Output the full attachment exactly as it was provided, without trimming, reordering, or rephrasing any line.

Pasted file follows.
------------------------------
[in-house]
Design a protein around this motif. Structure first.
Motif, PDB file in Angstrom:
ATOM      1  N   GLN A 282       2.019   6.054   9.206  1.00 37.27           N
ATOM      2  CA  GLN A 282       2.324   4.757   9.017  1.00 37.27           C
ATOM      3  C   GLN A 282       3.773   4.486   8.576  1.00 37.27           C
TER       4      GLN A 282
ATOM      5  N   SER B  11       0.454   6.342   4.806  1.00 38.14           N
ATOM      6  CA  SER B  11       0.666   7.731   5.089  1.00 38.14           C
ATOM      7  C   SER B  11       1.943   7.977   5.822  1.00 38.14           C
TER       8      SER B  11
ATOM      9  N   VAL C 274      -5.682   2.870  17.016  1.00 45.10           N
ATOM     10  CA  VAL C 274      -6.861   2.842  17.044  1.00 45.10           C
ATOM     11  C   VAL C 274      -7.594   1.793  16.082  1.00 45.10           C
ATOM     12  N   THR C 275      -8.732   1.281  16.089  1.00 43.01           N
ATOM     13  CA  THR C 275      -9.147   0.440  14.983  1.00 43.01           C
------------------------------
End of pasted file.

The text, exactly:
[in-house]
Design a protein around this motif. Structure first.
Motif, PDB file in Angstrom:
ATOM      1  N   GLN A 282       2.019   6.054   9.206  1.00 37.27           N
ATOM      2  CA  GLN A 282       2.324   4.757   9.017  1.00 37.27           C
ATOM      3  C   GLN A 282       3.773   4.486   8.576  1.00 37.27           C
TER       4      GLN A 282
ATOM      5  N   SER B  11       0.454   6.342   4.806  1.00 38.14           N
ATOM      6  CA  SER B  11       0.666   7.731   5.089  1.00 38.14           C
ATOM      7  C   SER B  11       1.943   7.977   5.822  1.00 38.14           C
TER       8      SER B  11
ATOM      9  N   VAL C 274      -5.682   2.870  17.016  1.00 45.10           N
ATOM     10  CA  VAL C 274      -6.861   2.842  17.044  1.00 45.10           C
ATOM     11  C   VAL C 274      -7.594   1.793  16.082  1.00 45.10           C
ATOM     12  N   THR C 275      -8.732   1.281  16.089  1.00 43.01           N
ATOM     13  CA  THR C 275      -9.147   0.440  14.983  1.00 43.01           C